NPS Medicinewise has launched a new program which focuses on quality use of medical tests in general practice, in particular when conducting health assessments in healthy asymptomatic patients between the ages of 40-49 years of age. This is a great opportunity for GPs and practice nurses to identify which patients are at risk of developing chronic diseases and to give them the opportunity to make lifestyle changes that will benefit them in the future.

The following article was first published at Person Centred Care. It is reproduced with the permission of the author, Tony Lembke. 


Person Centred Care

“It is much more important to know what sort of a patient has a disease than what sort of a disease a patient has.” William Osler


This Porridge is too hot

“This porridge is too hot!” she exclaimed.

So, she tasted the porridge from the second bowl.

“This porridge is too cold,” she said

So, she tasted the last bowl of porridge.

“Ahhh, this porridge is just right,” she said happily and she ate it all up.




A special room

There is a special room in the medical home for the practice of ‘person centred care’. We know that many people miss out on important medical treatments. The care they receive is ‘too cold’. However, there is also a growing recognition that many of our patients are put in harms way by too much therapeutic intervention.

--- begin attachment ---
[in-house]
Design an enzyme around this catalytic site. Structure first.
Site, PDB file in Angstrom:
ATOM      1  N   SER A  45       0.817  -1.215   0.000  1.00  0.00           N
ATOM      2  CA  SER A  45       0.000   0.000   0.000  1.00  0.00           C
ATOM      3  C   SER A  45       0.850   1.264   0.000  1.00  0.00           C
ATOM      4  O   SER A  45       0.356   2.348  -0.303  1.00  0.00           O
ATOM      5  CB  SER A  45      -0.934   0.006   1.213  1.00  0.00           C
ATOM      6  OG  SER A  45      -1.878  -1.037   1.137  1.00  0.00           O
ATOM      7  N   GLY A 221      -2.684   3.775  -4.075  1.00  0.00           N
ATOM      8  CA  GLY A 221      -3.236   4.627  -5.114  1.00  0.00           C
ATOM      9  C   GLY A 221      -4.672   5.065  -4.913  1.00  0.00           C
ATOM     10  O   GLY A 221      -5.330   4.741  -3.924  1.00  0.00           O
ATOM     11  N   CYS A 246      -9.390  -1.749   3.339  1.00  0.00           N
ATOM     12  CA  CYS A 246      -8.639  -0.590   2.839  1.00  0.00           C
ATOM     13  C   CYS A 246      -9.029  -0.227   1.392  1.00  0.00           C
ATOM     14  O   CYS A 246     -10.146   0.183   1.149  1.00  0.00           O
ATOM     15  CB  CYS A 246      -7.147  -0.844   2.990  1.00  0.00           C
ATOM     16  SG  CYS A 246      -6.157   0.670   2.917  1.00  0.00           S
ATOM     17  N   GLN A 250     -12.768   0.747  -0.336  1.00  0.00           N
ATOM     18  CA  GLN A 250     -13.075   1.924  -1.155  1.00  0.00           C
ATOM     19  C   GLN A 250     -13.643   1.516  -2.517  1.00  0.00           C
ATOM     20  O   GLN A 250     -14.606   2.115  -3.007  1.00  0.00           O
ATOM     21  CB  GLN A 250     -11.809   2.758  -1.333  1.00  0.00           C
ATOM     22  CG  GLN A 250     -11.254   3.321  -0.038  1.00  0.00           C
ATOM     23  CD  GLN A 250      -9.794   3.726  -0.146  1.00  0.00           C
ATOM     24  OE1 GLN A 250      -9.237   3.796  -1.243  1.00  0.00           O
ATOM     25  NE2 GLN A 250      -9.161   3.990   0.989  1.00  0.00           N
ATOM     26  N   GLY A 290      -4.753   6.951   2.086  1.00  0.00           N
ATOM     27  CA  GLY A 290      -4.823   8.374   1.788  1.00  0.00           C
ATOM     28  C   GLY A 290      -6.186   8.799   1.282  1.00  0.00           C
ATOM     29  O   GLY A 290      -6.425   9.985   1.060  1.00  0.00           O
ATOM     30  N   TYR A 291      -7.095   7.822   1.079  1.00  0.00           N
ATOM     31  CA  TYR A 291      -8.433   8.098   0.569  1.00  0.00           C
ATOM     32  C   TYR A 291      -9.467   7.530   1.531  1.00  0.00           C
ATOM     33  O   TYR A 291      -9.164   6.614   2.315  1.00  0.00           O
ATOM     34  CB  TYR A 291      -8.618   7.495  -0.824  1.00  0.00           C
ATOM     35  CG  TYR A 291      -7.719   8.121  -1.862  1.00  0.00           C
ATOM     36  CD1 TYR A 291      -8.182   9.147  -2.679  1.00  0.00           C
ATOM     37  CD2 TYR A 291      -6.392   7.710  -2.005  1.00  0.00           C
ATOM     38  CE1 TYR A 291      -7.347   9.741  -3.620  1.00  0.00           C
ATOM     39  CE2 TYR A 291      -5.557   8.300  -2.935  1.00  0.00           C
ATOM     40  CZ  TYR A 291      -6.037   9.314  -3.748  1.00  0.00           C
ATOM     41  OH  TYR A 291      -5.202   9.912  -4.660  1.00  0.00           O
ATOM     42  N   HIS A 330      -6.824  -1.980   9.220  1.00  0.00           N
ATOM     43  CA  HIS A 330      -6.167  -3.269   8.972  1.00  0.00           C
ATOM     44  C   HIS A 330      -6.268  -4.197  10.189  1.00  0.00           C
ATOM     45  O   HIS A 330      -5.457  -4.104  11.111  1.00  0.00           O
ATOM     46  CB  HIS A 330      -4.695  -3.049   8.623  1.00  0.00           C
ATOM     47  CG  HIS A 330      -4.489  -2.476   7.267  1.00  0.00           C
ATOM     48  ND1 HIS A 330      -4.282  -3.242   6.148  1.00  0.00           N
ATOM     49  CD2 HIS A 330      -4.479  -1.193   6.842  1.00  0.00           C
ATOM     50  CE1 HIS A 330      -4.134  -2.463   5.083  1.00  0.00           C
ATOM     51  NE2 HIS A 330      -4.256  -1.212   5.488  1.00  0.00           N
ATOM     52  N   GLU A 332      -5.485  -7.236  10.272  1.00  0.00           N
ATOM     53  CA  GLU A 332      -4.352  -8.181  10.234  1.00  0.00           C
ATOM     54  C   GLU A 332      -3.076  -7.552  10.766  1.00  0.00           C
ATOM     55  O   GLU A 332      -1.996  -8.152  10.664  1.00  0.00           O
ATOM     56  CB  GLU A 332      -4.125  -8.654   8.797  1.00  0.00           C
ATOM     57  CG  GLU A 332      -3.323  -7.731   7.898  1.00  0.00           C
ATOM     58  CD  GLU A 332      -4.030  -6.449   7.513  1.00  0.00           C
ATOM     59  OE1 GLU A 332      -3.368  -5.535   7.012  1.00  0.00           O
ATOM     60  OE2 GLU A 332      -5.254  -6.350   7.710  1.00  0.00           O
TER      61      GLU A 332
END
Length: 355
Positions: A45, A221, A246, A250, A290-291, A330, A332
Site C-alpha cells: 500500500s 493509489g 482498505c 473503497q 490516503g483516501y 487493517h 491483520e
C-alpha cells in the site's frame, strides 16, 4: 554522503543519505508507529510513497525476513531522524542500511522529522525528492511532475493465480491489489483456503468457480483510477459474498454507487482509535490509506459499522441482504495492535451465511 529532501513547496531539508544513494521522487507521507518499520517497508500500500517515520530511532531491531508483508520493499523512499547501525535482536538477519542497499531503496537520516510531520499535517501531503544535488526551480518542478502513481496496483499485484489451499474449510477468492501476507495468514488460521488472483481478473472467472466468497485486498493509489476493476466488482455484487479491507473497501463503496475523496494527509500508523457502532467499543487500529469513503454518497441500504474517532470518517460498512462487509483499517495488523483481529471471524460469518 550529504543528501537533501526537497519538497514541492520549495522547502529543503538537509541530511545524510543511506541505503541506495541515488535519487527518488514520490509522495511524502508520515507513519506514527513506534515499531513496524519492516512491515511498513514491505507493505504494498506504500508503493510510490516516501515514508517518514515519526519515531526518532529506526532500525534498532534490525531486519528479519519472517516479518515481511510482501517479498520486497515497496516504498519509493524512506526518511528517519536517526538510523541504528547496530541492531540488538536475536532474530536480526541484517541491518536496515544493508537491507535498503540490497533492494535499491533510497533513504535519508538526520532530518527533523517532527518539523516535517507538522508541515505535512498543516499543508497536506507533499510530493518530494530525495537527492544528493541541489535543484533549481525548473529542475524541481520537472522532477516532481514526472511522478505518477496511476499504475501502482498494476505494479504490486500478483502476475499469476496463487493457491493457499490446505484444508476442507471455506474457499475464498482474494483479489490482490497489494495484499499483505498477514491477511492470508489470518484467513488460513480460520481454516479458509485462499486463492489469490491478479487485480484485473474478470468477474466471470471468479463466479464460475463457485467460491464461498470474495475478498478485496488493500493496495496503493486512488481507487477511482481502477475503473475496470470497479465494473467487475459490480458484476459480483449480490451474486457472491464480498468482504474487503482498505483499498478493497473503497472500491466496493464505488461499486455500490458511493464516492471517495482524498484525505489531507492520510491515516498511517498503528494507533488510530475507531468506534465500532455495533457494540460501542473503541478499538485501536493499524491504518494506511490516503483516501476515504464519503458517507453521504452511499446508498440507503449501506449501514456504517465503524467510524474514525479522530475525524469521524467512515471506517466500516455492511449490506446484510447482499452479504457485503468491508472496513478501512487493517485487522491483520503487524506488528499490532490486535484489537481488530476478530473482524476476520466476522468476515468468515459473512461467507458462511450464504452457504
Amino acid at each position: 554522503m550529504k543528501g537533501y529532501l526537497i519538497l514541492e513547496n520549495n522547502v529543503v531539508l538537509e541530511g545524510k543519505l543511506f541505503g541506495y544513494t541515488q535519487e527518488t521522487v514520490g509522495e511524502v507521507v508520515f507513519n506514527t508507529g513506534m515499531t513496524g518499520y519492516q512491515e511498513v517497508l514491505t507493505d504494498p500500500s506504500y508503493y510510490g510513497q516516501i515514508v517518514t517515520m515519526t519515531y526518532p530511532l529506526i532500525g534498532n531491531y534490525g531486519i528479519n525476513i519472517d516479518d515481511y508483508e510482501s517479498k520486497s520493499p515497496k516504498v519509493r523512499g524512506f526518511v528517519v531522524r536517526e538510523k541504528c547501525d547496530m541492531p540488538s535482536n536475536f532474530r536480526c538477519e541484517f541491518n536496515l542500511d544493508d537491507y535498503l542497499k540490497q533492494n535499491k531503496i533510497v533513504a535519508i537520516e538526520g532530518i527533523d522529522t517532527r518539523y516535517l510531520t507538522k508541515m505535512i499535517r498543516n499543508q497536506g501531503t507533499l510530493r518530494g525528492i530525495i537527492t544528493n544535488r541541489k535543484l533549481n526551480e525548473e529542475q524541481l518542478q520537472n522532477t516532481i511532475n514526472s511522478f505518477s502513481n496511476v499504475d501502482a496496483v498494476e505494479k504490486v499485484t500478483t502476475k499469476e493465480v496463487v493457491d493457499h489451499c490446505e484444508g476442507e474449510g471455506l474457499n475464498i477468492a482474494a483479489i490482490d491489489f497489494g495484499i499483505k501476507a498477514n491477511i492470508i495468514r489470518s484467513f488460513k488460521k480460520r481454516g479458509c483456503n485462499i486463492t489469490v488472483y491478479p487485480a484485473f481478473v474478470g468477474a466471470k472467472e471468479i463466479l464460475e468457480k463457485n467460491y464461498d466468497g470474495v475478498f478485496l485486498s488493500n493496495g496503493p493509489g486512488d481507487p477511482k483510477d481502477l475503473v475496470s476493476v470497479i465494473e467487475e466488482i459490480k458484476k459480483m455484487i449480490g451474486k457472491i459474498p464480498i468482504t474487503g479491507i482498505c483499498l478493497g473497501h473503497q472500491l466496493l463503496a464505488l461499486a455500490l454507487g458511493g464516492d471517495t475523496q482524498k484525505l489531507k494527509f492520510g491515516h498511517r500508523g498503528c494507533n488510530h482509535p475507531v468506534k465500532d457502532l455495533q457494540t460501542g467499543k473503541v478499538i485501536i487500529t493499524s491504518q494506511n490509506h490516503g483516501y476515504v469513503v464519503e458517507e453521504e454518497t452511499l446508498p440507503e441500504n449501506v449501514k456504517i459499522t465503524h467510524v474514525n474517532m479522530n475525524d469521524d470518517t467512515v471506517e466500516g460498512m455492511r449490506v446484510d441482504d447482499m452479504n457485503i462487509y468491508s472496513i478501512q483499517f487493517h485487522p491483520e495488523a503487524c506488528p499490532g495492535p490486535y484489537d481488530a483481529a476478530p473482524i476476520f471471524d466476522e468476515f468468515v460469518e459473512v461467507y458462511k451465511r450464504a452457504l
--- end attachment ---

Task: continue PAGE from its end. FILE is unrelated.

AMA President, Dr Steve Hambleton

In order to provide optimum patient care, Australian doctors and other health care professionals should be mindful of their own wellbeing, starting with having the right work-life balance.

Aboriginal health’ means not just the physical wellbeing of an individual but refers to the social, emotional and cultural wellbeing of the whole Community in which each individual is able to achieve their full potential as a human being, thereby bringing about the total wellbeing of their Community. It is a whole-of-life view and includes the cyclical concept Aboriginal and Torres Strait Islander Health: planning the next decadeof life-death-life”.

- National Aboriginal Health Strategy (1989)


Released in late July 2013, the Australian Government’s national plan to improve Indigenous people’s health was hailed as “a pathway for Aboriginal and Torres Strait Islander health policy for the next 10 years” – by the Government.


Predictably, the Coalition was less enthusiastic, branding it “business as usual”, and accusing Labor of politicising an issue that is “usually bi-partisan” – not that anyone has noticed.